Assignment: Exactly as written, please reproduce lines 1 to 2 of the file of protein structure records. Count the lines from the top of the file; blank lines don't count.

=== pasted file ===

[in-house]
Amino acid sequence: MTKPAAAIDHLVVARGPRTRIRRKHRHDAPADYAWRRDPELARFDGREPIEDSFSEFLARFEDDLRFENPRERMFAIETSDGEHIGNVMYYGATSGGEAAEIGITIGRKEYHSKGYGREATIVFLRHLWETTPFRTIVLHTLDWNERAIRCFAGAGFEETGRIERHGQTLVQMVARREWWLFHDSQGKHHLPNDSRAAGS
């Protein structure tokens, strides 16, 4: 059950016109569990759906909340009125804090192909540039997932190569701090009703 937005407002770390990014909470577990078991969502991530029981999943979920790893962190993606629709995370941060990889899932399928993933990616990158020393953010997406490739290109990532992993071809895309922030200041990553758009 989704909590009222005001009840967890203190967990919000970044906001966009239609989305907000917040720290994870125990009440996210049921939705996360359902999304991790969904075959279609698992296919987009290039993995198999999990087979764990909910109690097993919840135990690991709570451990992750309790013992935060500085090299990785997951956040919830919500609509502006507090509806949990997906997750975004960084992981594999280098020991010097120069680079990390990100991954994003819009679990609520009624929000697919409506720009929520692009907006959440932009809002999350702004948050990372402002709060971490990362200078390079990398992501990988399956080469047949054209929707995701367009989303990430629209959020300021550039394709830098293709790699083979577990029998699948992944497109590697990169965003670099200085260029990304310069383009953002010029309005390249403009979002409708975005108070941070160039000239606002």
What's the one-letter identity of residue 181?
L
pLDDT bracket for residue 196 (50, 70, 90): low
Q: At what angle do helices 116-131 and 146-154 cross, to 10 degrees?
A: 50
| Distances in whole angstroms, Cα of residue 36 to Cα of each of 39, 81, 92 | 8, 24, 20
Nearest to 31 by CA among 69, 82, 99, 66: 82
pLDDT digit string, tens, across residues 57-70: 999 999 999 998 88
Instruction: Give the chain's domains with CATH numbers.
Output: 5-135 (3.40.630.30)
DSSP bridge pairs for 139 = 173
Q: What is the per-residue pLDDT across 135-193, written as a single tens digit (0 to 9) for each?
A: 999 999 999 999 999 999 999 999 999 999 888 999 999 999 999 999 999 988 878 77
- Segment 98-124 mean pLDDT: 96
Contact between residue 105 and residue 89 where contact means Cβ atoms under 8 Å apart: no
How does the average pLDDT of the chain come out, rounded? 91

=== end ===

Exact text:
[in-house]
Amino acid sequence: MTKPAAAIDHLVVARGPRTRIRRKHRHDAPADYAWRRDPELARFDGREPIEDSFSEFLARFEDDLRFENPRERMFAIETSDGEHIGNVMYYGATSGGEAAEIGITIGRKEYHSKGYGREATIVFLRHLWETTPFRTIVLHTLDWNERAIRCFAGAGFEETGRIERHGQTLVQMVARREWWLFHDSQGKHHLPNDSRAAGS